(Caution – try just a little at a time. Make sure you aren’t allergic to this plant.)

It was in the month of July and Troop 44 was at summer camp at Camp Chief Little Turtle on the Anthony Wayne Area Council Boy Scout Reservation just outside of Angola, Indiana. It was hot and the boys were thirsty. Most of them had already spent their camp allowance on pop, candy, camp T-shirts, and fishing paraphernalia. The boys were thirsty but not for water; they wanted something more like a cool refreshing soda. What to do? What to do?

Having been raised in a time and place where our family made most of the things we used or wore and gathered a lot of our ‘food’ from the woods, I remembered what my mom used to do in a similar situation. I suggested we make pink lemonade. The boys were interested and asked how they could help.

I noticed a lot of staghorn sumac trees in the area surrounding our campsite. I told them to grab their baseball hats and fill them with the red fuzzy berries and bring them back to camp. They put them in a large kettle from our chuck box. They followed orders excitedly wondering what I was going to do next.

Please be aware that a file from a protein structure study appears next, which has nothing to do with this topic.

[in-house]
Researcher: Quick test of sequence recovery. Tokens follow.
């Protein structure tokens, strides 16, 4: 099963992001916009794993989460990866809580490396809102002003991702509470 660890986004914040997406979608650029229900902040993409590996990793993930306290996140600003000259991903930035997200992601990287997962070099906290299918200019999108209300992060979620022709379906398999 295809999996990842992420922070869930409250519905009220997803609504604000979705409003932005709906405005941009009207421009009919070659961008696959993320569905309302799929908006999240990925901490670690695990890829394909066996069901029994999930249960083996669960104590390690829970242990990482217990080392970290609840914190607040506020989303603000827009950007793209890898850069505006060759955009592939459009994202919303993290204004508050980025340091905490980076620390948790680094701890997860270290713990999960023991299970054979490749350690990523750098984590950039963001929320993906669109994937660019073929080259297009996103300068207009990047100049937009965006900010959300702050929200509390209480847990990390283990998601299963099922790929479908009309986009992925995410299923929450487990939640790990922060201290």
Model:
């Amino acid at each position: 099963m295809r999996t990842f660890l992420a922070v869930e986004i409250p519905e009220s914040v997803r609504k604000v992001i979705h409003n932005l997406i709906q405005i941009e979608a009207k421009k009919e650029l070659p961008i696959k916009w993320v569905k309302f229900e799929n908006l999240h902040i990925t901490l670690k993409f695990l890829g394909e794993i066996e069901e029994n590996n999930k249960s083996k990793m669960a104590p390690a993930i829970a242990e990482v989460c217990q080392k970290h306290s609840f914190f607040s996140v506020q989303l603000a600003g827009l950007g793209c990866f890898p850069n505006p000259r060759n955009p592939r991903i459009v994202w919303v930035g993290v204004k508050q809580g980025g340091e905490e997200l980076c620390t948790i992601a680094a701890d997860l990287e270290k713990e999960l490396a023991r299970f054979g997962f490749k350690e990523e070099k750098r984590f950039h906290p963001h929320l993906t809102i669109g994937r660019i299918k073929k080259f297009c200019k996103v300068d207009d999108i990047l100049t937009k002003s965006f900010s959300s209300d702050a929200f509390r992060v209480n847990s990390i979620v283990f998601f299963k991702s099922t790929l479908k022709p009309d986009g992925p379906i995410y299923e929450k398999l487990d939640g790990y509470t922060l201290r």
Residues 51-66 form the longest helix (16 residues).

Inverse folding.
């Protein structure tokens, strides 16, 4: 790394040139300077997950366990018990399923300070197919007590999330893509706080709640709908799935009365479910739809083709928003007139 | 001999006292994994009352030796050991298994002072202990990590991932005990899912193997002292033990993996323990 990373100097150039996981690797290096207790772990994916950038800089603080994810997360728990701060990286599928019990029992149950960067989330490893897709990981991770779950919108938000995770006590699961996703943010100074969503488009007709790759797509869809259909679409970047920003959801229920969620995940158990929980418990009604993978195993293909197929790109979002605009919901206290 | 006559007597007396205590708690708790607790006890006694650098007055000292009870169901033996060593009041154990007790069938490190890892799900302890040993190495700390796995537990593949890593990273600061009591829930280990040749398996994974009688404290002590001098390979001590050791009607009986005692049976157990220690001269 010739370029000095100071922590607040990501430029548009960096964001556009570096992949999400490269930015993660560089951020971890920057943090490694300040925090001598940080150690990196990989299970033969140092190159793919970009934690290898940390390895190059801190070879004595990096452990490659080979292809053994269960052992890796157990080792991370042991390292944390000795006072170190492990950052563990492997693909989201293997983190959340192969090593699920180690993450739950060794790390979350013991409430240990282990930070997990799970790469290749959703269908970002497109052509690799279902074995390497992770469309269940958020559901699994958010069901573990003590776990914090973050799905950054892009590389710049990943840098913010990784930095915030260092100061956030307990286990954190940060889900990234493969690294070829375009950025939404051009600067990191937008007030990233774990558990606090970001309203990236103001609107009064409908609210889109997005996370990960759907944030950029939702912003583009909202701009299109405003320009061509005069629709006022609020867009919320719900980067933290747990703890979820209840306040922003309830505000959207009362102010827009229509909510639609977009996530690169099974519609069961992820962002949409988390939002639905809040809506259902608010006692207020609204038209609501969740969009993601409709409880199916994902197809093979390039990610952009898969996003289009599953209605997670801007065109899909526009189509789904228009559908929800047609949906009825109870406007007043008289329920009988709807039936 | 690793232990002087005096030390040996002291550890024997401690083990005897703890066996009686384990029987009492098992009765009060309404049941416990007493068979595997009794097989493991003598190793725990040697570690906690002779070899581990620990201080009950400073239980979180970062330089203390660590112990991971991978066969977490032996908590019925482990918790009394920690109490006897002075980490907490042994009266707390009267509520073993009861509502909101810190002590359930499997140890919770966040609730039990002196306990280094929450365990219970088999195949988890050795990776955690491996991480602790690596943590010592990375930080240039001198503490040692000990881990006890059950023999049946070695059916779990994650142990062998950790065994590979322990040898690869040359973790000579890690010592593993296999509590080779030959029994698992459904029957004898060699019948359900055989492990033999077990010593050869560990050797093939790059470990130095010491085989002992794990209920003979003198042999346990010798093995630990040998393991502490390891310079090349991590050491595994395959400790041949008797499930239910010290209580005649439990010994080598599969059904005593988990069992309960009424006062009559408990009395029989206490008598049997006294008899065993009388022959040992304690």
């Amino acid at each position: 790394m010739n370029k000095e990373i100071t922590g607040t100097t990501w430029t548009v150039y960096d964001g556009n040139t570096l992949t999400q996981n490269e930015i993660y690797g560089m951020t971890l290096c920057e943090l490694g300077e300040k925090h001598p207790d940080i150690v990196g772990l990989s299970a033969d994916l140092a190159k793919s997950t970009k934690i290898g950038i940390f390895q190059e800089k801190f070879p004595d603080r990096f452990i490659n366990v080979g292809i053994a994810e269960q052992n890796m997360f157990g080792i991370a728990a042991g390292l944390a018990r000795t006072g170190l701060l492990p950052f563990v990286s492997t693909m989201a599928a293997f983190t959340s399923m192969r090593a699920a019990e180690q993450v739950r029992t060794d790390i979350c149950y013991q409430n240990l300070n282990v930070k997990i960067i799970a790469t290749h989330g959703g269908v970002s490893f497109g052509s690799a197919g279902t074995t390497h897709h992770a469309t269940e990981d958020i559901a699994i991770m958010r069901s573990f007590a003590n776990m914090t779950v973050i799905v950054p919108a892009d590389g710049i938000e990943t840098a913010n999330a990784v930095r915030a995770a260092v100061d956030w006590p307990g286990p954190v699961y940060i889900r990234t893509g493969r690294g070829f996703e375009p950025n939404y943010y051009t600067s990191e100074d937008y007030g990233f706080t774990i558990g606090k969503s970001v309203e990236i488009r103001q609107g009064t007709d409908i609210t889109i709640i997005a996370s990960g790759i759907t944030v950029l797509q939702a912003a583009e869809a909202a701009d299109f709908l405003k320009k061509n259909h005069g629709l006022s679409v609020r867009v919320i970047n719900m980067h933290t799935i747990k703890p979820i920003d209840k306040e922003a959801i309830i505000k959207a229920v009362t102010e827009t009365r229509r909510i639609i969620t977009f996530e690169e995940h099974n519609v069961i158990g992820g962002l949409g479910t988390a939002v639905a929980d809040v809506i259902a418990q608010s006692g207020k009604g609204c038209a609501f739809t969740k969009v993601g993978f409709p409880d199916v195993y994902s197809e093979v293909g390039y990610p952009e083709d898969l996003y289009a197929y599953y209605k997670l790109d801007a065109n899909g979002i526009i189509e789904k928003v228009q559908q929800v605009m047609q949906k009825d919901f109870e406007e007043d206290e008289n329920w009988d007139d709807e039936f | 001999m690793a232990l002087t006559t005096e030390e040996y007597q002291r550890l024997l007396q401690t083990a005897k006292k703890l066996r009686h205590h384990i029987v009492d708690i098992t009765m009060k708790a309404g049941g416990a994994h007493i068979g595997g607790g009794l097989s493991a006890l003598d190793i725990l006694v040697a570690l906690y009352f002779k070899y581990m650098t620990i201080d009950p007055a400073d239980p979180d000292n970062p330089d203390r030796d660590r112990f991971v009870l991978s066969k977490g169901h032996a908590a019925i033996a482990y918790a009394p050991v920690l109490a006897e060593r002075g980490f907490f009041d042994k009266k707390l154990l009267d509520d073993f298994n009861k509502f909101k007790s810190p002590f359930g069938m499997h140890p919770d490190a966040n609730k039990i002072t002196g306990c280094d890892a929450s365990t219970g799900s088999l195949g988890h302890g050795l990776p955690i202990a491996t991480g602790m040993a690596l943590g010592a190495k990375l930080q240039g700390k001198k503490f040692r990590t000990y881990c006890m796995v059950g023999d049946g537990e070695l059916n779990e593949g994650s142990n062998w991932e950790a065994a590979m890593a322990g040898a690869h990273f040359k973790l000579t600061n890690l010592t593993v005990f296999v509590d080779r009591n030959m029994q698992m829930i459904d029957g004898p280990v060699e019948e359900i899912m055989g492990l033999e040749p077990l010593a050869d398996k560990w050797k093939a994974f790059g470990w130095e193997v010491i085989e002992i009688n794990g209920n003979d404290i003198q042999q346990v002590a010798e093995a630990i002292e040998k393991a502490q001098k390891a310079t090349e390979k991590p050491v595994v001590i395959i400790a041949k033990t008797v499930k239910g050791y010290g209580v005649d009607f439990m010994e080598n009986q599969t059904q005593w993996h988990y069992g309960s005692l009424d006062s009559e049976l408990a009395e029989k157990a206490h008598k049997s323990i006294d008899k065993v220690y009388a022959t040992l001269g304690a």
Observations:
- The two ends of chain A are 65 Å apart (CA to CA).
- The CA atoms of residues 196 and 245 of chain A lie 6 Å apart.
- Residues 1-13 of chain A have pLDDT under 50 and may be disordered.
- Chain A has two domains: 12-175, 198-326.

I had them pick over the berries and remove all the leaves, twigs, and debris. Next I showed them how to crush the berries and then told them to pour some ice cold water over them (1 cup of berries to 1 quart of water) and to put on the cover. I told them to let the crushed berries and water soak for a while.

Meanwhile I asked one of the boys to get some sugar from the chuck box. After what seemed to be a too-long wait for the berries to give up their color and flavor, we tasted it, strained it, and added just enough sugar to make it taste just like pink lemonade – not too tart but not too sweet either. The boys loved it and one boy even filled his canteen to take home to show his parents. When we left camp for home the next Saturday there wasn’t a berry left on any tree within 100 yards of our camp. The birds and deer would have to go elsewhere for their snack.


NOTE: Staghorn Sumac (Rhus. Typhina) is easily recognized in any season because of the close resemblance of its velvety twigs and branches to deer antlers while they are still in velvet. The berries are red, hard, and fuzzy. The berries of the poisonous sumac are white.

Latest posts by Ray McCune (see all)

Ray McCune

He has lived in Waynedale for over 45 years. He has taken to his lifelong dream of being a full time Outdoor Freelance Writer and author. Ray has authored one book and has written Kampfire Kookin' as well as other outdoors articles for the newspaper. > Read Full Biography > More Articles Written By This Writer